Europe covers 2 % of the Earth's surface. Politically, Europe is divided into about fifty sovereign states of which the Russian Federation is the largest and most populous, spanning 39% of the continent and comprising 15% of its population. Europe had a total population of about 741 million as of 2016; the European climate is affected by warm Atlantic currents that temper winters and summers on much of the continent at latitudes along which the climate in Asia and North America is severe. Further from the sea, seasonal differences are more noticeable than close to the coast. Europe, in particular ancient Greece, was the birthplace of Western civilization; the fall of the Western Roman Empire in 476 AD and the subsequent Migration Period marked the end of ancient history and the beginning of the Middle Ages. Renaissance humanism, exploration and science led to the modern era. Since the Age of Discovery started by Portugal and Spain, Europe played a predominant role in global affairs. Between the 16th and 20th centuries, European powers controlled at various times the Americas all of Africa and Oceania and the majority of Asia.
The Age of Enlightenment, the subsequent French Revolution and the Napoleonic Wars shaped the continent culturally and economically from the end of the 17th century until the first half of the 19th century. The Industrial Revolution, which began in Great Britain at the end of the 18th century, gave rise to radical economic and social change in Western Europe and the wider world. Both world wars took place for the most part in Europe, contributing to a decline in Western European dominance in world affairs by the mid-20th century as the Soviet Union and the United States took prominence. During the Cold War, Europe was divided along the Iron Curtain between NATO in the West and the Warsaw Pact in the East, until the revolutions of 1989 and fall of the Berlin Wall. In 1949 the Council of Europe was founded, following a speech by Sir Winston Churchill, with the idea of unifying Europe to achieve common goals, it includes all European states except for Belarus and Vatican City. Further European integration by some states led to the formation of the European Union, a separate political entity that lies between a confederation and a federation.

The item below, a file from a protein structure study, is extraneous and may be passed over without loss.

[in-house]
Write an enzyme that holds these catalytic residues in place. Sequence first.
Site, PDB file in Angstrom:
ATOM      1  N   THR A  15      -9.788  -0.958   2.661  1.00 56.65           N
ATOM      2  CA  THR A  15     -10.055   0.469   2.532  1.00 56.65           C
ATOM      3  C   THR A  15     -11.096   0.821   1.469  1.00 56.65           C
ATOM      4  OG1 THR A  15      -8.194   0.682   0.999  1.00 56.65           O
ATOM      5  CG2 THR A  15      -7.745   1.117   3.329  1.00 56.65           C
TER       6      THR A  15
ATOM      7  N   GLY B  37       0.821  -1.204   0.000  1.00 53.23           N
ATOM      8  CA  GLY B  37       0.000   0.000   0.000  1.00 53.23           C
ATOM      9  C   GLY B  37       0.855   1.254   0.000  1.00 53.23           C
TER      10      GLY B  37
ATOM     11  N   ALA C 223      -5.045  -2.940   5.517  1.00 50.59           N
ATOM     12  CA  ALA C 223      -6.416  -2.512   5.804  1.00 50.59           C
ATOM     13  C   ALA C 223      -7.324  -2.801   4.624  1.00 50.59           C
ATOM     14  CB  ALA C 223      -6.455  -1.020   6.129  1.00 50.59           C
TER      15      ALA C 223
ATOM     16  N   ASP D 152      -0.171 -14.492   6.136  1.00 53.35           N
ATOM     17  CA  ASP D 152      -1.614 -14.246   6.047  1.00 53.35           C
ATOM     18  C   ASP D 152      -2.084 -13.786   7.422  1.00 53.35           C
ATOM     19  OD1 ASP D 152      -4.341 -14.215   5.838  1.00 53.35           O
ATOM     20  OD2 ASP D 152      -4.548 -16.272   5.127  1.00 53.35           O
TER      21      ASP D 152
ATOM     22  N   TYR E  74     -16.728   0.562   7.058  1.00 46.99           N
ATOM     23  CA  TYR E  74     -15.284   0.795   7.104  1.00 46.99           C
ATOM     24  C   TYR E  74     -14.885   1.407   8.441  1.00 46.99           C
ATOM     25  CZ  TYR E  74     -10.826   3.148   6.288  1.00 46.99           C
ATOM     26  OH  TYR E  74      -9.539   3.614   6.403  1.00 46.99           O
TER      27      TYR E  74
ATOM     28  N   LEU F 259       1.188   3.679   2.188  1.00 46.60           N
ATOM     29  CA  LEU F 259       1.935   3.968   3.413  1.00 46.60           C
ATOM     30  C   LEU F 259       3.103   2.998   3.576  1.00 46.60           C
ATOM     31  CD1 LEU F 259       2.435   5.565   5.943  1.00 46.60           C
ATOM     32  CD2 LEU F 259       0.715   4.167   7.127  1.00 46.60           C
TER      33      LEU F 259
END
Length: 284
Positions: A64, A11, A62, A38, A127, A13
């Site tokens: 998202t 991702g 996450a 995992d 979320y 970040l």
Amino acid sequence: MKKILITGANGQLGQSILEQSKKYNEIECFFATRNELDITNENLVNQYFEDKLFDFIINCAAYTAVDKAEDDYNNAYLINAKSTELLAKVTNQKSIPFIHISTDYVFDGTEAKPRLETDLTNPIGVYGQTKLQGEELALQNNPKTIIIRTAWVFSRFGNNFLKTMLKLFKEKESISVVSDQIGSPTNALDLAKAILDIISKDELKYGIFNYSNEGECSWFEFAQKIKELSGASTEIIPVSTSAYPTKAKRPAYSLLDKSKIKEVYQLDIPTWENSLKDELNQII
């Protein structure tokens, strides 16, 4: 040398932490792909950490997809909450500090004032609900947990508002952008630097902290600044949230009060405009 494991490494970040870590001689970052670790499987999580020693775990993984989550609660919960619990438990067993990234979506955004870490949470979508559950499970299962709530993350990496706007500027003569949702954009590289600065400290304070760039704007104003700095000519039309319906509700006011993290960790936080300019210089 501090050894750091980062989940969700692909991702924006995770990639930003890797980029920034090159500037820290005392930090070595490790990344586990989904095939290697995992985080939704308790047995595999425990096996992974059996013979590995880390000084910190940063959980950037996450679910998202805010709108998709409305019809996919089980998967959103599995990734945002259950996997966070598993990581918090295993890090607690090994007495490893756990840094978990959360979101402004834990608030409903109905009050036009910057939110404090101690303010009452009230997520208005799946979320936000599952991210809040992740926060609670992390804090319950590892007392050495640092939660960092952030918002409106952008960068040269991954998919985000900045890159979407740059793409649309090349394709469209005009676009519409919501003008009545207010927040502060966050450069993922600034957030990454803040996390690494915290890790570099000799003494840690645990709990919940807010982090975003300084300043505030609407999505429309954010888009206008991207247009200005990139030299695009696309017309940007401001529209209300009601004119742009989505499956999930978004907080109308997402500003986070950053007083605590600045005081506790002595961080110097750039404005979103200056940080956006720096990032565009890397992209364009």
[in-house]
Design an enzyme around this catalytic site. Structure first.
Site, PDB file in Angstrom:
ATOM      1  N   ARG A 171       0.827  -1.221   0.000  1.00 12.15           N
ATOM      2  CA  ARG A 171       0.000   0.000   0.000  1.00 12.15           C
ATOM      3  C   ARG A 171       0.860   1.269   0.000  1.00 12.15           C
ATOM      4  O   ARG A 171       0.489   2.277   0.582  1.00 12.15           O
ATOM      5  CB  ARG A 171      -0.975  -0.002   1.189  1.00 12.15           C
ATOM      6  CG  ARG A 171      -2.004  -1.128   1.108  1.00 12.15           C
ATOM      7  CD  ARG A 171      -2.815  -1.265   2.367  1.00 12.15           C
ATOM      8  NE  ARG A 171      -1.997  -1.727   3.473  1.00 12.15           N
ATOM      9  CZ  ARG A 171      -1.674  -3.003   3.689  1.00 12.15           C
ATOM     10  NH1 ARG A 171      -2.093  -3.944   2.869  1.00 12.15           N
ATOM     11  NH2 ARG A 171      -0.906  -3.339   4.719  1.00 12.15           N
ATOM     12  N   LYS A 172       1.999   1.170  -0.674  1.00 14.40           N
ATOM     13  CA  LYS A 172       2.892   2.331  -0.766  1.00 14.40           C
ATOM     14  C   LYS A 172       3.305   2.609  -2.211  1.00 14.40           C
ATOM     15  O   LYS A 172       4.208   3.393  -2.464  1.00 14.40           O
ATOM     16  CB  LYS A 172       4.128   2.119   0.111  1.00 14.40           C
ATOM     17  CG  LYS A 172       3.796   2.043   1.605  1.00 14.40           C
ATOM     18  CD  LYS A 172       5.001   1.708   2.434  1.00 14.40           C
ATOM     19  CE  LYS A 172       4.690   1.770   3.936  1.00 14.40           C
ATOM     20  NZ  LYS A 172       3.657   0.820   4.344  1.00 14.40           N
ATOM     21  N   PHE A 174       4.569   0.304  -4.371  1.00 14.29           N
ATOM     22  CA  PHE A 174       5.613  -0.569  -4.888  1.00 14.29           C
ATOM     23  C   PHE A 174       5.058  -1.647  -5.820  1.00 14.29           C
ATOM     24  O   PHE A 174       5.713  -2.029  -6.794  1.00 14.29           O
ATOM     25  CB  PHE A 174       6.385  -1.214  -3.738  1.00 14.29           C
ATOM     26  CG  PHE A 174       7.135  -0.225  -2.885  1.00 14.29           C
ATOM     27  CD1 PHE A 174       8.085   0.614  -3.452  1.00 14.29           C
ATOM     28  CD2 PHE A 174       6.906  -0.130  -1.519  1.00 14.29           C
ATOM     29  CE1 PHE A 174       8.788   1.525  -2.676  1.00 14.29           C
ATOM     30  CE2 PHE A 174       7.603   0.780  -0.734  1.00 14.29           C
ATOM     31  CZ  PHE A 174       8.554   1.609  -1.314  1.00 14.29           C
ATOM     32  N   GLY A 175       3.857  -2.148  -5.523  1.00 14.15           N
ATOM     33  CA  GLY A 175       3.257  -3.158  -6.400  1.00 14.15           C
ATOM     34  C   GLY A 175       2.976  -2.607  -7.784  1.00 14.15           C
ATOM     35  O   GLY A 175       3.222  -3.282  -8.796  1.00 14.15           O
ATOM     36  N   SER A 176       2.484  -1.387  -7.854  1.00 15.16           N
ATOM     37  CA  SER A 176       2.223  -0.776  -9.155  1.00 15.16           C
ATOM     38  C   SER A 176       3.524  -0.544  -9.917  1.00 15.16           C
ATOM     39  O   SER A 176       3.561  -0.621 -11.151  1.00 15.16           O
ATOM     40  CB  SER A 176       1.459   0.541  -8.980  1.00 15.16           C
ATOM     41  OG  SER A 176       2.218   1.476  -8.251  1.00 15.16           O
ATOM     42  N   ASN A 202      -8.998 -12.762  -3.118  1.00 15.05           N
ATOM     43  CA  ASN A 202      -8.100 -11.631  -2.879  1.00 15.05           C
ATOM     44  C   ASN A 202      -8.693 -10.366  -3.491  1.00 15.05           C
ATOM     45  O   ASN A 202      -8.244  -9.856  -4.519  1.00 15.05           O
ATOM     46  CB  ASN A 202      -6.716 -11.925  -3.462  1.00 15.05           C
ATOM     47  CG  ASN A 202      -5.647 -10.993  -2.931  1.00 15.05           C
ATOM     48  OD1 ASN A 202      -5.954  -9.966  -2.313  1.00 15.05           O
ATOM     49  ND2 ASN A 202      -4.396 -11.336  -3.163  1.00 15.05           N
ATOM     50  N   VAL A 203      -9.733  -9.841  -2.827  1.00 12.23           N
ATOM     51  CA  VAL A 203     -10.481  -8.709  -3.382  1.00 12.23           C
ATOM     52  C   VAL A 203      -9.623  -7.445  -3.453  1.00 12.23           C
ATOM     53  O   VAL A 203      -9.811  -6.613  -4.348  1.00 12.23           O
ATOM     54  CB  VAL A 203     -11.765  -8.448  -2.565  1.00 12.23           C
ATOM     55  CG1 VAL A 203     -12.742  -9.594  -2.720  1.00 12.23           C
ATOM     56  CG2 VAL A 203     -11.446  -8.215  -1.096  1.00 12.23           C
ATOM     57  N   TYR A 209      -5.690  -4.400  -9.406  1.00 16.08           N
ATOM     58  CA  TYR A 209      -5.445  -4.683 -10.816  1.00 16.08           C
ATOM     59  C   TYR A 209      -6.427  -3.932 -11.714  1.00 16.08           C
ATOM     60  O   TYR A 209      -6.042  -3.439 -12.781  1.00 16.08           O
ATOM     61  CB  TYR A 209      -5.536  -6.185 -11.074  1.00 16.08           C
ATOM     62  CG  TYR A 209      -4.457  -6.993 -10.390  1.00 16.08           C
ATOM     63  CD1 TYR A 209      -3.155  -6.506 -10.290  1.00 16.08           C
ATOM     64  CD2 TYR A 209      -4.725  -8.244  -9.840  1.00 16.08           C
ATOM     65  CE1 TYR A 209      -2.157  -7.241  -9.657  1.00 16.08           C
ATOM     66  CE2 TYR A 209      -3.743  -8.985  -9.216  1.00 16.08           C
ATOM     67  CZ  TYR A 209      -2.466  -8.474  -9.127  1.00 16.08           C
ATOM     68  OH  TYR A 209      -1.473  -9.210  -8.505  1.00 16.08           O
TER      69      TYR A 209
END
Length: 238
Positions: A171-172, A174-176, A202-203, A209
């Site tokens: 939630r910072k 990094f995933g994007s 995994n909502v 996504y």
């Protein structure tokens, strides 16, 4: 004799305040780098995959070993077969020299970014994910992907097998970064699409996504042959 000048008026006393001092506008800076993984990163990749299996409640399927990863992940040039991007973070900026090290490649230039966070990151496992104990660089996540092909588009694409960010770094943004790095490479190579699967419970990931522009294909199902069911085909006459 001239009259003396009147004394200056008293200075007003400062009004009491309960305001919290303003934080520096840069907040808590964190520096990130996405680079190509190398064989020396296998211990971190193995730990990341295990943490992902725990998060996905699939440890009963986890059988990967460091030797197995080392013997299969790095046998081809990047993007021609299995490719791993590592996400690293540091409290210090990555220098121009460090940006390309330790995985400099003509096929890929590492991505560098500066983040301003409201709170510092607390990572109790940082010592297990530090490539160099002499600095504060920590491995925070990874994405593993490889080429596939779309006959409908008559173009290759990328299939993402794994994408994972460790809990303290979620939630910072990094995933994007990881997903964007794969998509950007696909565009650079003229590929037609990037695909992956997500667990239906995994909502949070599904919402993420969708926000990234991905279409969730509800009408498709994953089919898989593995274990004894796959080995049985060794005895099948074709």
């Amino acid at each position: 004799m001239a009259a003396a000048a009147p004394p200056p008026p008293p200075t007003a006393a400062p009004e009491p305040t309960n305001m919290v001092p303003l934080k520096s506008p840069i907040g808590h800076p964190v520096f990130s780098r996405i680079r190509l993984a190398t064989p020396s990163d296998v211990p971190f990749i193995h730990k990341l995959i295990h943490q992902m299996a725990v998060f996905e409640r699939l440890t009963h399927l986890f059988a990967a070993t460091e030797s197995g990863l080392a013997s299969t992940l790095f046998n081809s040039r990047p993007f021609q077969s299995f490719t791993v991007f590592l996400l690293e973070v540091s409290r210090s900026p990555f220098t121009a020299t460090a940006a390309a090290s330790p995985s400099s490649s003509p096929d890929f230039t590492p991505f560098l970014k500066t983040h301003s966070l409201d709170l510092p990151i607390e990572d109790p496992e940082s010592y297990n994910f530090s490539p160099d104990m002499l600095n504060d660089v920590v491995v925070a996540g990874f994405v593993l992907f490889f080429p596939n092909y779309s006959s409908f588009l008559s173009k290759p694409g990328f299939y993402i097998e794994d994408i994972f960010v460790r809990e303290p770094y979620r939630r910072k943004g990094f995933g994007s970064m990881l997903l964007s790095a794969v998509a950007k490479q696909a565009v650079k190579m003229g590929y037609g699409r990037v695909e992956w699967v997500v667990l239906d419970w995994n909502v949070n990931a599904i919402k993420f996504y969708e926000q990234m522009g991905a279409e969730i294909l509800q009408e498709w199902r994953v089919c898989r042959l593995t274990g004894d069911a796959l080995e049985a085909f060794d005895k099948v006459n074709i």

The EU originated in Western Europe but has been expanding eastward since the fall of the Soviet Union in 1991. The currency of most countries of the European Union, the euro, is the most used among Europeans. In classical Greek mythology, Europa was a Phoenician princess; the word Europe is derived from her name. The name contains the elements εὐρύς, "wide, broad" and ὤψ "eye, countenance", hence their composite Eurṓpē would mean "wide-gazing" or "broad of aspect". Broad has been an epithet of Earth herself in the reconstructed Proto-Indo-European religion and the poetry devoted to it. There have been attempts to connect Eurṓpē to a Semitic term for "west", this being either Akkadian erebu meaning "to go down, set" or Phoenician'ereb "evening, west", at the origin of Arabic Maghreb and Hebrew ma'arav. Michael A. Barry, professor in Princeton University's Near Eastern Studies Department, finds the mention of the word Ereb on an Assyrian stele with the meaning of "night, sunset", in opposition to Asu " sunrise", i.e. Asia.